The mother of a young woman, who weighed only five stones when she died, is demanding a public apology from Peterborough City Hospital after new revelations into her care.
Kayleigh Compton died at the age of 23 at Addenbrooke’s Hospital, in Cambridge, on February 20, 2013, two days after being sent there by Peterborough City Hospital.
Concerns raised by Kayleigh’s family immediately after her death resulted in three reviews of her care by Peterborough City Hospital.
However, it took until November 2014 for the family to receive a letter of apology.
It apologised for gaps in Kayleigh’s medical records, lack of regular weighing and recording of fluid intake and output, failing to ensure a call bell was within easy reach and agreed that a “do not attempt resuscitation” form had been incorrectly completed.
However, the family called for their own independent review with the help of Healthwatch, which found evidence of an incorrect Community Nutrition Screening Tool (MUST) score and failure to identify Kayleigh as being “at high risk of the complications of malnutrition”.
She was hardly recognisable and weighed just five stone when she died. If she had been given nutritional drinks from the start when we first took her to the doctors she might have survivedMum Angie Compton
The review concluded Kayleigh was “a very undernourished woman with selenium, vitamin A and D deficiency whose nutritional support was not started immediately and she unfortunately died”.
Her mother, Angie, of Whaplode St Catherine, said: “It was heartbreaking to watch a beautiful ten stone young woman who loved fashion lying in a hospital bed in a coma.
“She was hardly recognisable and weighed just five stone when she died. If she had been given nutritional drinks from the start when we first took her to the doctors she might have survived.
“That is what we are trying to find out. It isn’t enough to just have a letter saying sorry, we want a public apology.”
The independent reviewer outlined Kayleigh’s medical history, including chronic back pain since at least May 2012, depression, eczema and pyelonephritis (liver infection).
The review said she was admitted to Peterborough City Hospital on January 24, 2013, collapsed on February 14 and died six days later.
Cause of death was stated as “hypoxic brain injury from sustained epilepsy”.
The pathologist noted her “fatty liver” condition, which Mrs Compton said caused her to be sick whenever she ate and resulted in her being “so frail she became unable to walk”.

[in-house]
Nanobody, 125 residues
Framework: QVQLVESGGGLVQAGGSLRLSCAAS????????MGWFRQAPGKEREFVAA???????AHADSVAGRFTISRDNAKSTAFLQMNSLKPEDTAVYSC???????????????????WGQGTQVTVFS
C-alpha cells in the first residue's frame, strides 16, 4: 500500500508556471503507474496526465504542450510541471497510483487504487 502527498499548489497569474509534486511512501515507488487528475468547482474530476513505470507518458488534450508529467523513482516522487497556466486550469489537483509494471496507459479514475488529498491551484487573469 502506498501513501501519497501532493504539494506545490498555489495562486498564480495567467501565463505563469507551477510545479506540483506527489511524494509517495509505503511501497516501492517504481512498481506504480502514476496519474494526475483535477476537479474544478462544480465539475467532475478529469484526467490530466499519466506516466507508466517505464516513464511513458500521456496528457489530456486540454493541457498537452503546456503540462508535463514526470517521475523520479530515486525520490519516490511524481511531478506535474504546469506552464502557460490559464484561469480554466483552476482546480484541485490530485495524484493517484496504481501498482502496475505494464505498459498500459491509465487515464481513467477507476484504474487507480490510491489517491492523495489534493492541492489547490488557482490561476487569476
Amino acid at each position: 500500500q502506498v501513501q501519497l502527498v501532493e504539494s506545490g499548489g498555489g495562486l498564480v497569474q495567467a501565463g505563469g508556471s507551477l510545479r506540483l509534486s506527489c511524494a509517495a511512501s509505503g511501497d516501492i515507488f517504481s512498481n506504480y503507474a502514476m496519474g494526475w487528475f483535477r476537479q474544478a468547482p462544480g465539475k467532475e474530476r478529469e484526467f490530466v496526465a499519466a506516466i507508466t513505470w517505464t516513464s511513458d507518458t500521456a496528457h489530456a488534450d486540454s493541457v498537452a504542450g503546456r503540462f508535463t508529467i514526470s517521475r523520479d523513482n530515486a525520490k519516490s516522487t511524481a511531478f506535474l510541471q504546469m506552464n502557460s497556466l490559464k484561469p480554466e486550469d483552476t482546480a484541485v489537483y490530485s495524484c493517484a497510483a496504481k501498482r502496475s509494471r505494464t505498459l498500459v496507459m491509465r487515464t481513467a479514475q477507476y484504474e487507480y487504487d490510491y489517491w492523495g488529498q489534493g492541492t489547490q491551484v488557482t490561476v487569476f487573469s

Mrs Compton said: “She didn’t eat meat and enjoyed vegetables cooked in olive oil. But what she thought was a healthy diet was making her sick and causing her the chronic back pain.”
Referring to Kayleigh’s time in hospital, the review said: “Her ideal management would have been to have started the naso-gastric feeding as soon as she came in.
“A dietician saw the patient on January 25 2013 and wrote in the notes ‘inappropriate referral’. This may have been based on the incorrect MUST score but was clearly incorrect.
“The patient declined an enteral feeding tube until February 13, 2013, when nasogastric feeding was started. It has not been thought that there was any reason to invoke the Mental Capacity Act and start compulsory feeding.”
A coroner’s inquest at the time did not question the care given by the hospital and stated Kayleigh had rejected medical advice on a number of occasions, including discharging herself.
Yesterday, Stephen Graves, chief executive at Peterborough and Stamford Hospitals NHS Foundation Trust, said: “We acknowledge the findings of the independent report which was carried out by a clinical expert in gastroenterology.
“The conclusion of the report stated the Trust should take action to improve staff’s use of the screening tool which determines malnutrition in adults.
“Since we received Mr and Mrs Compton’s original complaint in 2013 we have undertaken extensive education with staff in relation to using this particular screening tool and we continue to do that with the support of our nutrition nurse specialists to continually improve in this area.
“However, the report also acknowledges that Miss Compton declined the offer of an enteral feeding tube for the first three weeks of her admission to Peterborough City Hospital.
“It also concluded that the same tragic outcome was likely to have occurred in any UK hospital.
“We would again like to extend our condolences to the Compton family for the tragic loss of their daugter.”